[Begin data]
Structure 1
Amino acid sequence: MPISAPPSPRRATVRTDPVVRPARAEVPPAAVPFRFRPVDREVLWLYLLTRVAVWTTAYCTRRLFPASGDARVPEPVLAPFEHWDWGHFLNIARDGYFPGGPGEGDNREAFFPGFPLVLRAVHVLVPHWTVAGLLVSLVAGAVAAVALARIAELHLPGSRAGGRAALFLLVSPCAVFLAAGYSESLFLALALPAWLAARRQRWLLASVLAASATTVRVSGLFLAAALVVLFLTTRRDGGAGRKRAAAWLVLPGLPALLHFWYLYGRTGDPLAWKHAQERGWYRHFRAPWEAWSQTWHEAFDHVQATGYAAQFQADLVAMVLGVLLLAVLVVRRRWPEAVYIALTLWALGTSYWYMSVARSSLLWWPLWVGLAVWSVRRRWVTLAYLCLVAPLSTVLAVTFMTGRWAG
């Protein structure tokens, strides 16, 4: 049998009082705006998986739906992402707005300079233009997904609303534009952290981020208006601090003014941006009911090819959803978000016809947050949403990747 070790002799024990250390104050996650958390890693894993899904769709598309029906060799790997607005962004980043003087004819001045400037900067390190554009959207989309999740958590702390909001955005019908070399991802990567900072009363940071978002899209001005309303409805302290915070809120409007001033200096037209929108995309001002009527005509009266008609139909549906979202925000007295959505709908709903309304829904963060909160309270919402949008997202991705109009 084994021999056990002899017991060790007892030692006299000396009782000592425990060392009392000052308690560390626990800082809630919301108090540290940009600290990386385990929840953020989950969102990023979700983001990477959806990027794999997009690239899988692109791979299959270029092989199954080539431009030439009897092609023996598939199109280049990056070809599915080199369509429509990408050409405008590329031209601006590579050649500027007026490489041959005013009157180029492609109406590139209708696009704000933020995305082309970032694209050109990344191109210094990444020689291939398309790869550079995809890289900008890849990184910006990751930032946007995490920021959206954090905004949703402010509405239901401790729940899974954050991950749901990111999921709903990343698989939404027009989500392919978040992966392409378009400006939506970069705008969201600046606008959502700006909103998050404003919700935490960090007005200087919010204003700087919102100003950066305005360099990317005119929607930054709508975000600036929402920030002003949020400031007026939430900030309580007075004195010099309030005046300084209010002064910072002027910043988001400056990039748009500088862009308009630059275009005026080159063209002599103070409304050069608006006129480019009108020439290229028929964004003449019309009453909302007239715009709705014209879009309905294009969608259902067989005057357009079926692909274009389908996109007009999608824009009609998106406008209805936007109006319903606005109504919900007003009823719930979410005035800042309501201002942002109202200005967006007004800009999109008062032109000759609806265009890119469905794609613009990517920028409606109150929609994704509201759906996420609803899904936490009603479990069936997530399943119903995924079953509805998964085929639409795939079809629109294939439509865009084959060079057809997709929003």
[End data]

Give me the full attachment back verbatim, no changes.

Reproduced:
Structure 1
Amino acid sequence: MPISAPPSPRRATVRTDPVVRPARAEVPPAAVPFRFRPVDREVLWLYLLTRVAVWTTAYCTRRLFPASGDARVPEPVLAPFEHWDWGHFLNIARDGYFPGGPGEGDNREAFFPGFPLVLRAVHVLVPHWTVAGLLVSLVAGAVAAVALARIAELHLPGSRAGGRAALFLLVSPCAVFLAAGYSESLFLALALPAWLAARRQRWLLASVLAASATTVRVSGLFLAAALVVLFLTTRRDGGAGRKRAAAWLVLPGLPALLHFWYLYGRTGDPLAWKHAQERGWYRHFRAPWEAWSQTWHEAFDHVQATGYAAQFQADLVAMVLGVLLLAVLVVRRRWPEAVYIALTLWALGTSYWYMSVARSSLLWWPLWVGLAVWSVRRRWVTLAYLCLVAPLSTVLAVTFMTGRWAG
């Protein structure tokens, strides 16, 4: 049998009082705006998986739906992402707005300079233009997904609303534009952290981020208006601090003014941006009911090819959803978000016809947050949403990747 070790002799024990250390104050996650958390890693894993899904769709598309029906060799790997607005962004980043003087004819001045400037900067390190554009959207989309999740958590702390909001955005019908070399991802990567900072009363940071978002899209001005309303409805302290915070809120409007001033200096037209929108995309001002009527005509009266008609139909549906979202925000007295959505709908709903309304829904963060909160309270919402949008997202991705109009 084994021999056990002899017991060790007892030692006299000396009782000592425990060392009392000052308690560390626990800082809630919301108090540290940009600290990386385990929840953020989950969102990023979700983001990477959806990027794999997009690239899988692109791979299959270029092989199954080539431009030439009897092609023996598939199109280049990056070809599915080199369509429509990408050409405008590329031209601006590579050649500027007026490489041959005013009157180029492609109406590139209708696009704000933020995305082309970032694209050109990344191109210094990444020689291939398309790869550079995809890289900008890849990184910006990751930032946007995490920021959206954090905004949703402010509405239901401790729940899974954050991950749901990111999921709903990343698989939404027009989500392919978040992966392409378009400006939506970069705008969201600046606008959502700006909103998050404003919700935490960090007005200087919010204003700087919102100003950066305005360099990317005119929607930054709508975000600036929402920030002003949020400031007026939430900030309580007075004195010099309030005046300084209010002064910072002027910043988001400056990039748009500088862009308009630059275009005026080159063209002599103070409304050069608006006129480019009108020439290229028929964004003449019309009453909302007239715009709705014209879009309905294009969608259902067989005057357009079926692909274009389908996109007009999608824009009609998106406008209805936007109006319903606005109504919900007003009823719930979410005035800042309501201002942002109202200005967006007004800009999109008062032109000759609806265009890119469905794609613009990517920028409606109150929609994704509201759906996420609803899904936490009603479990069936997530399943119903995924079953509805998964085929639409795939079809629109294939439509865009084959060079057809997709929003």